Pandemic Stories: How an RT with Asthma Ended Up in a Hazmat Suit Testing People for COVID

 Published: February 2, 2022

By: Debbie Bunch

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When the pandemic hit the U.S. in early 2020, Ken Kloes, RRT, was busy taking care of people with sleep disorders through his job as a respiratory therapist at the UW Health Wisconsin Sleep Center in Madison. His day revolved around obstructive sleep apnea and positive airway pressure therapies.

As someone who has suffered from asthma since early childhood, it was a fairly safe place for him to carry out his role as a therapist.

“Growing up, I would usually be in the hospital for a week or two each summer with an attack,” he recalled. “Most significantly, I was very close to dying at 10 years old.”

Answering the call

Scott DabbeneKen Kloes, RRT.

He can still remember how it felt.

“Even lifting a finger was too much,” he said. “When I would cough, I wasn’t sure if I could recover.” He was blue by the time his parents got him to the ER, and his doctors estimated that he would not have lasted more than about hour without treatment.

Kloes says the experience, though, prepared him to be calm under pressure, and it turned out he would need all of that resolve to answer the call put before him when his sleep center shut down due to COVID-19 in March of 2020.

The next stop for him was to be out on the front lines, testing people for the disease.

“My transition was abrupt,” he said. “In the morning, I was working in the clinic. At 11:30 a.m., I was told to go to the COVID testing location after lunch. By 1 p.m. I was in a hazmat suit collecting nasal swab samples.”

Today COVID testing is routine, but in those early days, it was anything but. No one knew just how contagious the virus was or just how deadly it might be for anyone exposed to it, let alone for anyone with a long history of asthma.

“Having almost died as a child, and with first-hand experience of what it feels like to not be able to catch your breath or even know if you are moving air, it was a bit terrifying to think that I might catch COVID and go through that again,” said Kloes. “I thought hard about this over that fateful lunch period in March.”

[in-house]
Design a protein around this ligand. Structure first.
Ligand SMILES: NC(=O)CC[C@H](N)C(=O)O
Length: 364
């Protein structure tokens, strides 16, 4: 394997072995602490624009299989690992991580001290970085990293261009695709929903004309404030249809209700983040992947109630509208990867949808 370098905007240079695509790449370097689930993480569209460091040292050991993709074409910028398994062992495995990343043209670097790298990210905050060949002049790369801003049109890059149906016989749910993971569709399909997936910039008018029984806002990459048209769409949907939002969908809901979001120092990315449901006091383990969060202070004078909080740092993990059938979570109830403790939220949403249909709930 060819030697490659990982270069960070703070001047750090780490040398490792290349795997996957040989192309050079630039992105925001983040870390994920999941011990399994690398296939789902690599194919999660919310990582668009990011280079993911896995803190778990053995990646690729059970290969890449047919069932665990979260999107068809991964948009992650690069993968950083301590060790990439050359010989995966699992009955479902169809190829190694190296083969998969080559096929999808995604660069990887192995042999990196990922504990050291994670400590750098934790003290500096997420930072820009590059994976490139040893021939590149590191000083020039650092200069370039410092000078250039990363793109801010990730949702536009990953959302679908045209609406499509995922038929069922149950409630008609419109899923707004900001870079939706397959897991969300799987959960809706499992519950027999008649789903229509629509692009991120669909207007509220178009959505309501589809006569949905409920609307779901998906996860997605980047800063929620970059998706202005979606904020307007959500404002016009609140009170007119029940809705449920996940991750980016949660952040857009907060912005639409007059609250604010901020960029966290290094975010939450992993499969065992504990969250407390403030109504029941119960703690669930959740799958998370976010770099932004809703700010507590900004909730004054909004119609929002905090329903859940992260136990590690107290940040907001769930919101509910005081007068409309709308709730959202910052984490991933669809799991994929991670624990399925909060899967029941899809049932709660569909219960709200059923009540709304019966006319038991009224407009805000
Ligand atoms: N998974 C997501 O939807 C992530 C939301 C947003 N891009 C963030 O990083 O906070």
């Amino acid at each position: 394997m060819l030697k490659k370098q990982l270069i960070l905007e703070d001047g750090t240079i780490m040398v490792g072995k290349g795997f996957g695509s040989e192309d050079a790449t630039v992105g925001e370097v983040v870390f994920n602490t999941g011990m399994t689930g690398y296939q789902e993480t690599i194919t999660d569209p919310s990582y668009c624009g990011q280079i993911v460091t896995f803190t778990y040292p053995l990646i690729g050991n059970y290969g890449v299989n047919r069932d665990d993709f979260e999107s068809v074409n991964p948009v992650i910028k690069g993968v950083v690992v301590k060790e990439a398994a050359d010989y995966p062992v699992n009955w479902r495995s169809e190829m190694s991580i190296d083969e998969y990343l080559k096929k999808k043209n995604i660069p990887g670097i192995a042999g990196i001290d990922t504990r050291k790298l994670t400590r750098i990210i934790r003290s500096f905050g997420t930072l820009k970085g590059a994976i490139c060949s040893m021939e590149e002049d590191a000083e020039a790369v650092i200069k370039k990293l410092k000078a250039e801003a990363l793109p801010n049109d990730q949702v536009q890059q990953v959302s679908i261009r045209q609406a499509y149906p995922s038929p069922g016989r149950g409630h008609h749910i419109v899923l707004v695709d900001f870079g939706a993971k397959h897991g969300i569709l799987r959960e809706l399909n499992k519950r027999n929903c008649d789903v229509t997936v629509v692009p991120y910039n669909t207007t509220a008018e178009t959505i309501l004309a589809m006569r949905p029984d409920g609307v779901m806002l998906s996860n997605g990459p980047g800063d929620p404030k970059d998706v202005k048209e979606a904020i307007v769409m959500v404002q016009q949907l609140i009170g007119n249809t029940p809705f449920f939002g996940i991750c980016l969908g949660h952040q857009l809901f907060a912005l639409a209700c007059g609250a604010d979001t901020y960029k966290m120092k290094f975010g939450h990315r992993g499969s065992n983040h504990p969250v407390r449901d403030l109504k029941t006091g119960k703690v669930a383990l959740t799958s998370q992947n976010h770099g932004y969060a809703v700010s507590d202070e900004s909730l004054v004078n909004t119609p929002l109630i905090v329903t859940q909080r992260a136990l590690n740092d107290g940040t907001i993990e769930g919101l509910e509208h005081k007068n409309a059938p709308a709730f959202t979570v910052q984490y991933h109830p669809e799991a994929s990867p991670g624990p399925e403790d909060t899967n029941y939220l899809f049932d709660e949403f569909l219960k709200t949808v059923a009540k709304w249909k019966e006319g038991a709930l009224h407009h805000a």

The decision, though, was actually easy, he continued.

“I was in a position to help others and do my part managing the emerging pandemic,” he said.

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A different perspective

Kloes continued to test people until July when he was able to transition back into the sleep clinic. While he heard talk of having RTs like him deploy into the hospital if needed, and he was ready to go if called, that thankfully never came about. He escaped the virus until just this past December, when he contracted a breakthrough case.

“Good thing I was vaccinated and boosted,” he said. “I didn’t do anything different for my asthma other than to mask up, social distance, and do what I could to stay safe.”

As for his time at the early testing site, Kloes wants to emphasize that he can’t compare the experience to the trials encountered every day by therapists working on the front lines in hospitals and ICUs, but he does know what it’s like to face someone who might have the disease.

“I didn’t walk into rooms,” he said. “What I did see, though, were scared individuals driving up, not knowing if they were infected, and hoping that they wouldn’t wind up in the hospital on a ventilator to die alone.”

Fortunately, Kloes was there to help and be a calming presence for these individuals during this moment of great uncertainty.

Ken Kloes was recently featured in a recent Wisconsin Voices segment on the Spectrum News 1 website, where he was able to share his story.

Email newsroom@aarc.org with questions or comments, we’d love to hear from you.

Debbie Bunch

Debbie Bunch is an AARC contributor who writes feature articles, news stories, and other content for Newsroom, the AARC website, and associated emailed newsletters. In her spare time, she enjoys reading, traveling, photography, and spending time with her children and grandchildren. Connect with Debbie by email or on AARConnect or LinkedIn.

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